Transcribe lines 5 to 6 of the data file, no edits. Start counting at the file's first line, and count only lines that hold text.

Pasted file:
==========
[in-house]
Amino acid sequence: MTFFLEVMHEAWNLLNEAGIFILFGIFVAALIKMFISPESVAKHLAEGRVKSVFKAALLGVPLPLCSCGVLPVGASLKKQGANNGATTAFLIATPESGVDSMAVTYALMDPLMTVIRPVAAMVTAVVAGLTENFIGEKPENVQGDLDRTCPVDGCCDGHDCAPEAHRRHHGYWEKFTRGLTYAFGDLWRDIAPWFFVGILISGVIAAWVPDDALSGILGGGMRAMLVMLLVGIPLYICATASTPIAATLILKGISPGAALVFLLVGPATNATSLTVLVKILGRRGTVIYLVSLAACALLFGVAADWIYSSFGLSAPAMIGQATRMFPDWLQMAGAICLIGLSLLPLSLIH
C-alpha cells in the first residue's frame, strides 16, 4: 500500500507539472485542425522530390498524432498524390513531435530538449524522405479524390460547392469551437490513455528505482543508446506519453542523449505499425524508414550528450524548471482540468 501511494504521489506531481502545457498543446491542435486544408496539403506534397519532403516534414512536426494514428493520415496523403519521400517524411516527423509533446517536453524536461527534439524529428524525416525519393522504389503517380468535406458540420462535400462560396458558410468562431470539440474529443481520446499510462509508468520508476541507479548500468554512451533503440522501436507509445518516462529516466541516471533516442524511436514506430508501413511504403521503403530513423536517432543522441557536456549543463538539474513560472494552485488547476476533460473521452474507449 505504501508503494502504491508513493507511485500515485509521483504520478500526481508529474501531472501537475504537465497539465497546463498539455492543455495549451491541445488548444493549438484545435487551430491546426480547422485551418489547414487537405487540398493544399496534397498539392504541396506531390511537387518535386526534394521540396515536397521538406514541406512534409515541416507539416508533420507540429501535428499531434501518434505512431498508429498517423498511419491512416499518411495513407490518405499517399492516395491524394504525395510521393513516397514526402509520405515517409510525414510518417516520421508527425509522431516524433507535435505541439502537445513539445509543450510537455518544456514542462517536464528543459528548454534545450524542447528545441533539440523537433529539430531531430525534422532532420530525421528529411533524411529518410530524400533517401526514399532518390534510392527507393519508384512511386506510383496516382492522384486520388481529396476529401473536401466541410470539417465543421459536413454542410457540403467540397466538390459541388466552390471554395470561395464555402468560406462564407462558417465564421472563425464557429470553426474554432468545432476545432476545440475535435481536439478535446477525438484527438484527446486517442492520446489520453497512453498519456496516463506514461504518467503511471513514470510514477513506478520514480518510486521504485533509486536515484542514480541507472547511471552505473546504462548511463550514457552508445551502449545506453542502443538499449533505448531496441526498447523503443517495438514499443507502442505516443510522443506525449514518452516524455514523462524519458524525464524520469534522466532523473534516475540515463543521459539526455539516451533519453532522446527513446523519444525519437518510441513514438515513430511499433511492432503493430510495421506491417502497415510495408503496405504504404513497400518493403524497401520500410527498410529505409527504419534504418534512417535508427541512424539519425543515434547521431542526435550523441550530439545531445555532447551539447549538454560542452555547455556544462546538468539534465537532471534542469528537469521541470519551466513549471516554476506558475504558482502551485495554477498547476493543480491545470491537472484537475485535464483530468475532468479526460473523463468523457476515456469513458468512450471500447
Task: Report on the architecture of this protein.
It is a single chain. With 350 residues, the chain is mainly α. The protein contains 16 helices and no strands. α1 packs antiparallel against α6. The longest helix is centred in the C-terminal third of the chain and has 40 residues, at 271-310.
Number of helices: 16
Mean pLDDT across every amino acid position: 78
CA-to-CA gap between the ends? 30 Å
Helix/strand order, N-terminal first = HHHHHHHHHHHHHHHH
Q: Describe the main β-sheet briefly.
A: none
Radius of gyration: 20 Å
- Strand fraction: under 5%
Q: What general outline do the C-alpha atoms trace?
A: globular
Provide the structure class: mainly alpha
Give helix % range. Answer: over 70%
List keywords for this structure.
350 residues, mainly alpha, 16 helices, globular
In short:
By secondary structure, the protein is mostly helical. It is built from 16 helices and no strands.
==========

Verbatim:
It is a single chain. With 350 residues, the chain is mainly α. The protein contains 16 helices and no strands. α1 packs antiparallel against α6. The longest helix is centred in the C-terminal third of the chain and has 40 residues, at 271-310.
Number of helices: 16